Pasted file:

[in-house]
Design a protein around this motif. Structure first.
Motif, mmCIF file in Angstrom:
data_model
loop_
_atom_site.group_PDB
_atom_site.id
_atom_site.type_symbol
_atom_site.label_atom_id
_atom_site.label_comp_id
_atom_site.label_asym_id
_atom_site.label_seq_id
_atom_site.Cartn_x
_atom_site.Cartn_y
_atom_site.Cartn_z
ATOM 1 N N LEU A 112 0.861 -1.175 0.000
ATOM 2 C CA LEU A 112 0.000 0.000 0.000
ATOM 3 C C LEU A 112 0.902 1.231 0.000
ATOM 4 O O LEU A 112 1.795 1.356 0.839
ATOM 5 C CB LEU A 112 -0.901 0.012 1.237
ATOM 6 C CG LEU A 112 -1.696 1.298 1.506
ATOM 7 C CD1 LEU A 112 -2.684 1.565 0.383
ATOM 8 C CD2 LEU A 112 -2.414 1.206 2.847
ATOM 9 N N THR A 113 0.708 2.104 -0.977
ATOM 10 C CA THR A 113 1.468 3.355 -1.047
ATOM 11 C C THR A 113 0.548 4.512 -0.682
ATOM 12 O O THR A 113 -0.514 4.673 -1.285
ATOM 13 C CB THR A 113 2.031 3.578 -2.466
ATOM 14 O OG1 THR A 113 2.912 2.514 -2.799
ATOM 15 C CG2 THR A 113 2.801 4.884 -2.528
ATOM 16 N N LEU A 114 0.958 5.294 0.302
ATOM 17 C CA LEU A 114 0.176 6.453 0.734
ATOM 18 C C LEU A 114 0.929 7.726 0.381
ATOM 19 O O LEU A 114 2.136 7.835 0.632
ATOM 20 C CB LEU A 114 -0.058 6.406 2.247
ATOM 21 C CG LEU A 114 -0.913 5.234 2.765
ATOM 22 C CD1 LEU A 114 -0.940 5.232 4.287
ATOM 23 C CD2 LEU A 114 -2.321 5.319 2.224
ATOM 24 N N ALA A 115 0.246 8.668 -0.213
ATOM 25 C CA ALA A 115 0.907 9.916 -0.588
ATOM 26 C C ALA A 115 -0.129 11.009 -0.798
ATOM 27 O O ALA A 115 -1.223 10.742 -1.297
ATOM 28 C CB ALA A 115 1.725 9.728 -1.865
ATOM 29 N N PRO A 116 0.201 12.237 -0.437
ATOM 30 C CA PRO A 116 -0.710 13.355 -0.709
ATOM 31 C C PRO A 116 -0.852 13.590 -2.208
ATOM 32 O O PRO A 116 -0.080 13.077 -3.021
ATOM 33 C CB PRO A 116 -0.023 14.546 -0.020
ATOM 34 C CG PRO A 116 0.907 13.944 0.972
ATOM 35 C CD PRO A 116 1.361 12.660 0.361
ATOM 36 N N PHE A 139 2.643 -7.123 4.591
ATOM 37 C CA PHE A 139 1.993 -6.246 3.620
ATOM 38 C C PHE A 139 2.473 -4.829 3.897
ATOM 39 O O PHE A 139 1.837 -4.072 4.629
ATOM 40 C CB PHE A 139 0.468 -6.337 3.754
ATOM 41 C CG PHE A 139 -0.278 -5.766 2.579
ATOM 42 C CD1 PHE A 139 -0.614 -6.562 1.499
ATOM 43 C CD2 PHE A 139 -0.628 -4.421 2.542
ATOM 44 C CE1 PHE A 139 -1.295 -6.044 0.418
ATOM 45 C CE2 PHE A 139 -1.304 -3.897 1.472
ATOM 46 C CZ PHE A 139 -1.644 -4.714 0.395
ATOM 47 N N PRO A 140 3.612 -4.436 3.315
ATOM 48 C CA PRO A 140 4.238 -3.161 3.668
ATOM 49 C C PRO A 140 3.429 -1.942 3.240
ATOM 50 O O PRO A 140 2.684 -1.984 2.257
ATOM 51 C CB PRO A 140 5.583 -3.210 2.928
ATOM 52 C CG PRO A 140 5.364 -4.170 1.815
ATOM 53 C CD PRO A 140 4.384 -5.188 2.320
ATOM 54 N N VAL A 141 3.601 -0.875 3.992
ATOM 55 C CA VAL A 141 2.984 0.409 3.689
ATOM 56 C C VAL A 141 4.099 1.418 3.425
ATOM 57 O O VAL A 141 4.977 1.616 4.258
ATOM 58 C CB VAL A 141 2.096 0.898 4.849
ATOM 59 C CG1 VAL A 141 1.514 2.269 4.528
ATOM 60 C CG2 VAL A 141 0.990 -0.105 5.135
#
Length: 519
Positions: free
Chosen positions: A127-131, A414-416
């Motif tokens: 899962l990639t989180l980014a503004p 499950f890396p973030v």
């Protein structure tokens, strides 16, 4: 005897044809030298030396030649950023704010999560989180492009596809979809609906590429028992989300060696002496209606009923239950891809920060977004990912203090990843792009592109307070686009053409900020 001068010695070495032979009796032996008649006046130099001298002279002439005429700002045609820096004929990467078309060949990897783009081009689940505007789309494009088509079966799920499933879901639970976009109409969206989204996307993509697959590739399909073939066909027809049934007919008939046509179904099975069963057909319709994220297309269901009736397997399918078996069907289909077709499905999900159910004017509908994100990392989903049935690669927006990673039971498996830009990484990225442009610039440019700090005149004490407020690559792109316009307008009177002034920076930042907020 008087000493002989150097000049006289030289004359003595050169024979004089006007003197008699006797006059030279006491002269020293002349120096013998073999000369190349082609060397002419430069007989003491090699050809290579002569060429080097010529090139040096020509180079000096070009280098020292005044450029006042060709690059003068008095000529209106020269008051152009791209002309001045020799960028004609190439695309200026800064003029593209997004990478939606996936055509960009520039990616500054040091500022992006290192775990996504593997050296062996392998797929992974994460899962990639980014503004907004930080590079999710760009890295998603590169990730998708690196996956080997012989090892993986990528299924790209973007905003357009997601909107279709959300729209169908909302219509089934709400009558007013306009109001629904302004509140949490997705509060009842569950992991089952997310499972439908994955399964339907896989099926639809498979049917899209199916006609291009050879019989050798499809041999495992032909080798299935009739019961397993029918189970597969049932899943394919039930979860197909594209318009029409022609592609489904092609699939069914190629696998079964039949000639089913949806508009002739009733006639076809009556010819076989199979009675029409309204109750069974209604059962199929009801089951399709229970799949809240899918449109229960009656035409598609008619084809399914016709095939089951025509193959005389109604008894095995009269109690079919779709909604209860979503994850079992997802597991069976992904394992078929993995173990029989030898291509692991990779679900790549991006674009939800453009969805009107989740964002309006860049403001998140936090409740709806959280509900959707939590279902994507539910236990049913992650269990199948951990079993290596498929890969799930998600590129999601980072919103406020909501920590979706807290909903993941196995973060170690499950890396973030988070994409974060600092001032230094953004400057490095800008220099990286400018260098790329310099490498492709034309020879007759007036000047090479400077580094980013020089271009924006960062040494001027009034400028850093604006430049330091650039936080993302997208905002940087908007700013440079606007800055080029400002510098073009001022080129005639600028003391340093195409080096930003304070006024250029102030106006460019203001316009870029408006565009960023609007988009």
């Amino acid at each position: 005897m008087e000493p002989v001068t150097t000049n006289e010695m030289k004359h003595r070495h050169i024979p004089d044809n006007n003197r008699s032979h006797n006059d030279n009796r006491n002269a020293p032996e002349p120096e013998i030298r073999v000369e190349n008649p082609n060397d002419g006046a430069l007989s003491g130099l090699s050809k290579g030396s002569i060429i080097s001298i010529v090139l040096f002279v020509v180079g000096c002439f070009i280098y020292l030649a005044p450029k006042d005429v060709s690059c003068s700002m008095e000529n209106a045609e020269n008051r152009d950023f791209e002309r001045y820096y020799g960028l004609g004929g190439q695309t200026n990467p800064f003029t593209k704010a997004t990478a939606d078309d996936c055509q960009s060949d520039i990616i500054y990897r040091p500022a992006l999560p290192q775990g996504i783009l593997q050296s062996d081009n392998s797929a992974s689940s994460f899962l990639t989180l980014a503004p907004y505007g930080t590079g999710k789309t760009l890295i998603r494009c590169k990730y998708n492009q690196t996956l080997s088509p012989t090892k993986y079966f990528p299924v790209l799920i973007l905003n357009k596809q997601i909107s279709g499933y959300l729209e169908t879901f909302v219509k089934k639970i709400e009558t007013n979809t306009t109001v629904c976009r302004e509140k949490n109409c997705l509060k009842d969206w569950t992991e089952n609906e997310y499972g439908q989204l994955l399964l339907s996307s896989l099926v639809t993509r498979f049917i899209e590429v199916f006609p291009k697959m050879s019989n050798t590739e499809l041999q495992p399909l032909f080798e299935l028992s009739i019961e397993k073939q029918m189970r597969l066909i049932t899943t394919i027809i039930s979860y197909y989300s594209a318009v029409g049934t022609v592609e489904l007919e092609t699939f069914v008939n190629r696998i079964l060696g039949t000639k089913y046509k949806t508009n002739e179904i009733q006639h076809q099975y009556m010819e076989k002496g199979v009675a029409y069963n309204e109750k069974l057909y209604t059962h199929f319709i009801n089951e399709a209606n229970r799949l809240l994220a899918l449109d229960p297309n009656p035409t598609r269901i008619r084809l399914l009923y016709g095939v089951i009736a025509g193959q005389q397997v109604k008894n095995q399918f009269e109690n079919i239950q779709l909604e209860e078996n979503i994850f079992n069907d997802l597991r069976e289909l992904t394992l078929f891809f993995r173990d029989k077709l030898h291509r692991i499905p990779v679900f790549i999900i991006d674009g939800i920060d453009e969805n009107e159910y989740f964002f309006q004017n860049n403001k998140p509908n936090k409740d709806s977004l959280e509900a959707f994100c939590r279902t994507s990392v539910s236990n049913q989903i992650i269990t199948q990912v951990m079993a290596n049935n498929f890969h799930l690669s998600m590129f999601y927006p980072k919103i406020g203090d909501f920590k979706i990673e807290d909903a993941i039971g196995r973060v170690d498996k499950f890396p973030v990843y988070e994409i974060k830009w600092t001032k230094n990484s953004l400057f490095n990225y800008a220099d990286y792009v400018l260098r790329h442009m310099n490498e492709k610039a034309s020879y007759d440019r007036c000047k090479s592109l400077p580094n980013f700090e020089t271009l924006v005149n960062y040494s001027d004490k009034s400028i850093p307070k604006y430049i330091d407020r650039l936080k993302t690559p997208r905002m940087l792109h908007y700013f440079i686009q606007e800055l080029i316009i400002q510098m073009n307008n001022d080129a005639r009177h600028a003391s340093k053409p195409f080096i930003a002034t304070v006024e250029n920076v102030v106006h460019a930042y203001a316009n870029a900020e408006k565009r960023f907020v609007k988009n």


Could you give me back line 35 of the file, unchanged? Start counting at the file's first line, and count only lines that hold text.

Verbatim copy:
ATOM 20 C CB LEU A 114 -0.058 6.406 2.247